It is official: Joe Biden will become the 46th President of the United States. And in a history-making glass ceiling-breaking win, we have both our first woman and first woman of color serving as our Vice President: Kamala Harris. This election has been one of the longest and most stressful ones in history which made this victory so much sweeter. Well, that, and Black women. At this point, there should be no doubt that Black women are the secret sauce but just in case you need a reminder you can use this election as an example.
Kamala is multi-racial and proud of every single part of her South Asian and Jamaican heritage. During her remarks following her win on Saturday night (November 7), the Vice President-elect shared her adoration of her mother who came here from India at 19 years old to pursue a better life. Kamala noted that women are often the people who pave the way when it comes to making the change they want to see in the world. She explained:
"She believed so deeply in an America where a moment like this is possible, and so I am thinking about her and about the generations of women, Black women, Asian, white, Latina, Native-American women, who throughout our nation's history, who paved the way to tonight, women who fought and sacrificed so much for equality and liberty and justice for all. Including the Black women who are often, too often overlooked but so often proved they are the backbone of our democracy."
This Howard University Alum definitely proved to be her ancestors' wildest dreams and later on became the first Black woman to be elected as California Attorney General, holding office from 2011 until 2017, when she was elected to the Senate. Sis is not new to this, she is true to this. She continued:
"But I tell you now, Black women are showing that Black women lead, and we'll never go back to the days where candidates only knew our value in terms of helping them get elected. Now they will see how we govern from the White House."
The blood, sweat, and tears of Black women who know the pain of being suppressed, underestimated, and treated unfairly acted as the flame bringing this victory boiling to a tipping point. However, our forever FLOTUS Michelle Obama wants us to understand that we must keep up this momentum and fire because tens of millions voted for hate and lies:
"We've also got to recognize that the path to progress will always be uphill. We'll always have to scrape and crawl up toward that mountaintop. And two years from now, four years from now, there will once again be no margin for error. We see now the reality that we can't take even the tiniest part of our democracy for granted. Every single vote must count — and every single one of us must vote. And as a country, we should be making it easier, not harder to cast a ballot."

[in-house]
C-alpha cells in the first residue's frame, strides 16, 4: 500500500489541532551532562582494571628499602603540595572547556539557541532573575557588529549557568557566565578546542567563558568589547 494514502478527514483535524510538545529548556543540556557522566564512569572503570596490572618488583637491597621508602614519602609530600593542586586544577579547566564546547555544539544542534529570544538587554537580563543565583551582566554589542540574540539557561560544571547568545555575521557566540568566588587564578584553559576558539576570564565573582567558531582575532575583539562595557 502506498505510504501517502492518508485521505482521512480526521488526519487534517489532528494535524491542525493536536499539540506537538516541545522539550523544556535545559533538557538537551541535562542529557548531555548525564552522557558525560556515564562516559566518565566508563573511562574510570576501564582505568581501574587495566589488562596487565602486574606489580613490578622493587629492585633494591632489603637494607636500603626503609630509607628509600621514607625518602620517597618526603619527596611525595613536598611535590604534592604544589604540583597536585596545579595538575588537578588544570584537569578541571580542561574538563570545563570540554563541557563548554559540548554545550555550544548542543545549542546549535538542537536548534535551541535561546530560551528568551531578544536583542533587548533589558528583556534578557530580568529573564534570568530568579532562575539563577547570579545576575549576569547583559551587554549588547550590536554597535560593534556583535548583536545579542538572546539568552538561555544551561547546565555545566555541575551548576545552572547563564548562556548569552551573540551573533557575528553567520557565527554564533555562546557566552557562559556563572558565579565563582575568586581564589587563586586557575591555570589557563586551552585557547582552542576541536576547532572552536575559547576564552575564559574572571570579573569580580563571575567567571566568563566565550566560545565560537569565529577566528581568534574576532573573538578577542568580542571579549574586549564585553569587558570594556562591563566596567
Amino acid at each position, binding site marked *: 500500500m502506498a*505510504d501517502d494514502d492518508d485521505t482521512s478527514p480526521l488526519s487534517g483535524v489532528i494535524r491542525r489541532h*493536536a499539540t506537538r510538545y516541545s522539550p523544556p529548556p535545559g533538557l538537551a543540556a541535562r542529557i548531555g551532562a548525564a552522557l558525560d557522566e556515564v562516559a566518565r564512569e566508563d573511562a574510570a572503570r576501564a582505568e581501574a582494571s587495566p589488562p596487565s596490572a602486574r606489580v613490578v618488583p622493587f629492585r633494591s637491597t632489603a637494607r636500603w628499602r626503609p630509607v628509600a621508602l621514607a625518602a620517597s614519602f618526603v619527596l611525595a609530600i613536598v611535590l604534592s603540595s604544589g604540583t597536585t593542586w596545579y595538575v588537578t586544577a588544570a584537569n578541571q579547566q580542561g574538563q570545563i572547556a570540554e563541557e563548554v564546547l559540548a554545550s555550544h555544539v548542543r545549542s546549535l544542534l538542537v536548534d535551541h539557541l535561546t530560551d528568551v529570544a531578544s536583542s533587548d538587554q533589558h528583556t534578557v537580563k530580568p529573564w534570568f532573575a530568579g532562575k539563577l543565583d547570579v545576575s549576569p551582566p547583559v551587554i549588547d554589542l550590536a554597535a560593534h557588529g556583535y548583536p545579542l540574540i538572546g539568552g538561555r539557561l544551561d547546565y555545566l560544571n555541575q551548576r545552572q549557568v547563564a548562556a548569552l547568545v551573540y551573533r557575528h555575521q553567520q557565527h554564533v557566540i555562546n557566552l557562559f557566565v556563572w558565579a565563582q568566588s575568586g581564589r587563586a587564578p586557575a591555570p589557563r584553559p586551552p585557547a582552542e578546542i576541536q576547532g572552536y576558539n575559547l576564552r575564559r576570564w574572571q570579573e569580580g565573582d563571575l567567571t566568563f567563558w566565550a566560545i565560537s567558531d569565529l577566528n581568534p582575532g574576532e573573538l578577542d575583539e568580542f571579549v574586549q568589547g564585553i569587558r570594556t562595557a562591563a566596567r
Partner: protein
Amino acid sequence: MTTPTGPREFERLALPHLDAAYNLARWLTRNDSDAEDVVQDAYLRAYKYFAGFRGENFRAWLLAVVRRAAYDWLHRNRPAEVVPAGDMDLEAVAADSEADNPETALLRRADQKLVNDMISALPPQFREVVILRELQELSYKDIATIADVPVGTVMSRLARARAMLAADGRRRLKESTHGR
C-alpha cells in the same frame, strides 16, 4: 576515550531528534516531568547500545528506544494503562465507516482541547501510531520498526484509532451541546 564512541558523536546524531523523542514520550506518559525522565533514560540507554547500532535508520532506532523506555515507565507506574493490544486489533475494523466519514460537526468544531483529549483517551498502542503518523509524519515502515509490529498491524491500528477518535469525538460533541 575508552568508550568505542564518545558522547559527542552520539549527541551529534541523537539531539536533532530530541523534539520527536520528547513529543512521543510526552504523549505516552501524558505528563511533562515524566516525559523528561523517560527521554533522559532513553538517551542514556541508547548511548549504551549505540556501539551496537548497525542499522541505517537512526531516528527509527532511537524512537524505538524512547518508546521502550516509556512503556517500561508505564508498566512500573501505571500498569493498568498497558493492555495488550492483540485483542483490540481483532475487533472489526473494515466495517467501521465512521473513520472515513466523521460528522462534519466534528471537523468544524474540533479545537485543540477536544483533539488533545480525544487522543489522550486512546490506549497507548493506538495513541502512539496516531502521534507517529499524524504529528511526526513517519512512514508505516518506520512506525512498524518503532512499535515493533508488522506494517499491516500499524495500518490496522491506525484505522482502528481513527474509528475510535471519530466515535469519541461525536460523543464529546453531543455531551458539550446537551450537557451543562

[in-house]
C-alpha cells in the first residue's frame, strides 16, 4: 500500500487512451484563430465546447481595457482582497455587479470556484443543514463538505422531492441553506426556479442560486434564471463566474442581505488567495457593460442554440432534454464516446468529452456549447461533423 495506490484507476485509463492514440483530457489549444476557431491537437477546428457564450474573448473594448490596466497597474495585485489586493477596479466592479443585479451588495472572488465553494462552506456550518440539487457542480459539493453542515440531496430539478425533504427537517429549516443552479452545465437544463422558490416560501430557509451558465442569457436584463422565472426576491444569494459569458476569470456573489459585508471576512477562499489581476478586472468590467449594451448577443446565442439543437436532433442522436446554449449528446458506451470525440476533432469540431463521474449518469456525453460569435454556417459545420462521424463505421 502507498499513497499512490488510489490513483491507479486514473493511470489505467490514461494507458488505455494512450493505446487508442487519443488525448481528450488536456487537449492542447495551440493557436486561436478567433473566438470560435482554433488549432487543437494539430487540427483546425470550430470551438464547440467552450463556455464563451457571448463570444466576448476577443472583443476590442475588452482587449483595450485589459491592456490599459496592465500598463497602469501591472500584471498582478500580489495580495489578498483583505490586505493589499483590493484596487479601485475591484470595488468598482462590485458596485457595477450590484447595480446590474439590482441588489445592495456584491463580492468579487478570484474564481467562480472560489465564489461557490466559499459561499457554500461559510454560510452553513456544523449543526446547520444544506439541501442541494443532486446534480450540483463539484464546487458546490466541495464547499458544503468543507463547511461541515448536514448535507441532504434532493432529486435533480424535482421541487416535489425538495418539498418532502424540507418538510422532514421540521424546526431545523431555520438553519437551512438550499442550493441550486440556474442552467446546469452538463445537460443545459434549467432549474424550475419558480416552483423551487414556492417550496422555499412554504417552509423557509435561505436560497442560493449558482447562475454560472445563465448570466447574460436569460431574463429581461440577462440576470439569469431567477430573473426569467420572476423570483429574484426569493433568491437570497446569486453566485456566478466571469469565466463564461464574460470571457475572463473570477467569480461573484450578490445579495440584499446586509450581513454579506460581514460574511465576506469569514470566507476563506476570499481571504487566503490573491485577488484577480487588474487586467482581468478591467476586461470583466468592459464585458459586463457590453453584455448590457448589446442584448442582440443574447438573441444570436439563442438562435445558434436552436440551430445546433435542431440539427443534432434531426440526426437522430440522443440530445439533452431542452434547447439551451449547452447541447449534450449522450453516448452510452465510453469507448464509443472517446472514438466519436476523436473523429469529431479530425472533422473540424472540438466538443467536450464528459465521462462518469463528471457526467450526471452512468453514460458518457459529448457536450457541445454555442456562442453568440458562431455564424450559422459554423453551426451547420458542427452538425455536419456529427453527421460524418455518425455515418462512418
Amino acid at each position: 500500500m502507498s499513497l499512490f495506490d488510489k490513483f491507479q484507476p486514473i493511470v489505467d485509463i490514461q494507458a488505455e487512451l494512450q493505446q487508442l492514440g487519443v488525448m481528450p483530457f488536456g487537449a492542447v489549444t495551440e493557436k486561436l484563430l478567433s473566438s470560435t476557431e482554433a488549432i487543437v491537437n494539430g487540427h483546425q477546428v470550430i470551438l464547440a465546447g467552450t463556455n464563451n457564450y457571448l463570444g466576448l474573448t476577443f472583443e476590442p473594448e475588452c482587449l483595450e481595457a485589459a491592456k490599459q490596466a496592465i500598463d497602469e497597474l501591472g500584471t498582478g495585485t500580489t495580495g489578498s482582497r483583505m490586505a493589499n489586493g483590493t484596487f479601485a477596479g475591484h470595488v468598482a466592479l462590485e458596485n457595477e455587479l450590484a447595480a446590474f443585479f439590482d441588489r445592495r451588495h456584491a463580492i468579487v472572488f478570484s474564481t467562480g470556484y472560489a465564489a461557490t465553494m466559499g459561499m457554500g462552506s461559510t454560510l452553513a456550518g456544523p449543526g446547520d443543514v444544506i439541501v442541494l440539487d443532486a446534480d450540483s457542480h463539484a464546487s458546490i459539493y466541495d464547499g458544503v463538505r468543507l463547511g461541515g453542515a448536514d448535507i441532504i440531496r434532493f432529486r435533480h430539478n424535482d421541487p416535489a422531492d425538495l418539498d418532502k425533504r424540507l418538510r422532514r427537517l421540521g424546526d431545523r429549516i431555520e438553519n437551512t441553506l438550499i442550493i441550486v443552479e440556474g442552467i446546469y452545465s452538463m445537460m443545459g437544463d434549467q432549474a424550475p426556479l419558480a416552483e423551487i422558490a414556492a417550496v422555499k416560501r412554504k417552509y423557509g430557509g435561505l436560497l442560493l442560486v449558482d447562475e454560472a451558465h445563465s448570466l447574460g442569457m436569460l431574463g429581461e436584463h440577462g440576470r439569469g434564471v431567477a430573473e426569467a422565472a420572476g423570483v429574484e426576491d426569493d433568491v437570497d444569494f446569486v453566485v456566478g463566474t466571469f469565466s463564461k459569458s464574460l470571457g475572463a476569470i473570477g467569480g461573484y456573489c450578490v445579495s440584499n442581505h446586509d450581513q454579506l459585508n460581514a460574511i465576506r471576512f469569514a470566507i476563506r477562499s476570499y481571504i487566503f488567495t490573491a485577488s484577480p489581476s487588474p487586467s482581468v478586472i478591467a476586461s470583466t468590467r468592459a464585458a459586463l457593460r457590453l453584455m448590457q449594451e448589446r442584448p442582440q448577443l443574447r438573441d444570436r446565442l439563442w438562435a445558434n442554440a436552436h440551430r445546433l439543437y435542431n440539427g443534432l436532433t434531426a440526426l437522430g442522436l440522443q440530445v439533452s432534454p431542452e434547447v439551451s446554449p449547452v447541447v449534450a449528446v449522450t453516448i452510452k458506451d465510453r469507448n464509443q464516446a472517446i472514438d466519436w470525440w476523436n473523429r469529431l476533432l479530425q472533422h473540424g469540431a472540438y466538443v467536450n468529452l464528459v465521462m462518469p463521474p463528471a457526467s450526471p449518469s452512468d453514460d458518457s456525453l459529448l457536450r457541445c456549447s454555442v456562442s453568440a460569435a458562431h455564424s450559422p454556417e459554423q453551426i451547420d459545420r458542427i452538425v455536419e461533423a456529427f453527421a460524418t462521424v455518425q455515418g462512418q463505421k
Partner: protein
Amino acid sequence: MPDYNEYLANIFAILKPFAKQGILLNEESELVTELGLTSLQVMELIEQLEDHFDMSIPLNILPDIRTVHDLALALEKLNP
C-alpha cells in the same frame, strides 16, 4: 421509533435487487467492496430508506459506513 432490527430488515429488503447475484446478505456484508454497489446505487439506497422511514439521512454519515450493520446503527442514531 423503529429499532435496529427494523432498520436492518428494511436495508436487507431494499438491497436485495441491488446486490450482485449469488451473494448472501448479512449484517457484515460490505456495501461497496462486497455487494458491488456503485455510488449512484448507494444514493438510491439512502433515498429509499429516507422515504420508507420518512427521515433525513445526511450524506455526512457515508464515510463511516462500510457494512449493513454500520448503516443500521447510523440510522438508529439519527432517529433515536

We have to keep it pushing! Celebrate, relax, regroup, and then re-strategize.
Check out the collective of the real MVPs during the election:
Stacey Abrams turned her 2018 defeat into determination to do all that she could to prevent voter suppression in the state of Georgia. She partnered with many organizations in order to bring more than 800,000 new registered voters to the voting process and thus turned a state that is historically red, blue in this year's election. About 45 percent of those voters are under 30 years old and 49 percent are people of color.
Cori Bush decided to make a pivot in her life after the death of Mike Brown, adding activist and protester to her repertoire alongside being a single mother, a nurse, and a pastor. As a result of her efforts, she has earned the opportunity to become the first black woman to represent Missouri in Congress after running for the third time.
Mondaire Jones was elected in New York's 15th congressional district in the Bronx and Ritchie Torres was elected in New York's 17th congressional district upstate. They are both the first openly gay Black men to do so, and Torres constitutes the first 'out' Afro-Latino elected to congress.
Reclaiming her time, time and time again, Maxine Waters won re-election to U.S. House in California's 43rd Congressional District. She is one of the highest-ranking African-American members in the White House and is seeking her 16th term in the House of Representatives.
Featured image by Sheila Fitzgerald / Shutterstock.com